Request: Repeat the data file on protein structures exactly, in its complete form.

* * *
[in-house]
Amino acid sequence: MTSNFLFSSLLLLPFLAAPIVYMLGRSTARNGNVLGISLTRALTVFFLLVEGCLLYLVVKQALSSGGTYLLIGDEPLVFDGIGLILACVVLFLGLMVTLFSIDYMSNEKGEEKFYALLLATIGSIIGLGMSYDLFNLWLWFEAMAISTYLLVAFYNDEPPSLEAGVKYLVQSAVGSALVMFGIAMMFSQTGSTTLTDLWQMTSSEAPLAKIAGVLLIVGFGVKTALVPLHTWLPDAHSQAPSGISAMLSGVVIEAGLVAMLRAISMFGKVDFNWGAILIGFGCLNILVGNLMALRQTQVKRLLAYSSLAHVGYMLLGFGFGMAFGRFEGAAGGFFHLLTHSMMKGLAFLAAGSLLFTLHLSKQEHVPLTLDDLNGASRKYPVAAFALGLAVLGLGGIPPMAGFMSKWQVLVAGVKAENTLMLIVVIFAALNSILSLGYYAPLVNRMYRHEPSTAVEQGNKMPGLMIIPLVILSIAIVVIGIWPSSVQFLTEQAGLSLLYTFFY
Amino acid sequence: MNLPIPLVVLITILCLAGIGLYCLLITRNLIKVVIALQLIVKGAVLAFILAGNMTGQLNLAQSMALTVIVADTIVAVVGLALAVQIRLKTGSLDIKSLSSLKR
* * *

[in-house]
Amino acid sequence: MTSNFLFSSLLLLPFLAAPIVYMLGRSTARNGNVLGISLTRALTVFFLLVEGCLLYLVVKQALSSGGTYLLIGDEPLVFDGIGLILACVVLFLGLMVTLFSIDYMSNEKGEEKFYALLLATIGSIIGLGMSYDLFNLWLWFEAMAISTYLLVAFYNDEPPSLEAGVKYLVQSAVGSALVMFGIAMMFSQTGSTTLTDLWQMTSSEAPLAKIAGVLLIVGFGVKTALVPLHTWLPDAHSQAPSGISAMLSGVVIEAGLVAMLRAISMFGKVDFNWGAILIGFGCLNILVGNLMALRQTQVKRLLAYSSLAHVGYMLLGFGFGMAFGRFEGAAGGFFHLLTHSMMKGLAFLAAGSLLFTLHLSKQEHVPLTLDDLNGASRKYPVAAFALGLAVLGLGGIPPMAGFMSKWQVLVAGVKAENTLMLIVVIFAALNSILSLGYYAPLVNRMYRHEPSTAVEQGNKMPGLMIIPLVILSIAIVVIGIWPSSVQFLTEQAGLSLLYTFFY
Amino acid sequence: MNLPIPLVVLITILCLAGIGLYCLLITRNLIKVVIALQLIVKGAVLAFILAGNMTGQLNLAQSMALTVIVADTIVAVVGLALAVQIRLKTGSLDIKSLSSLKR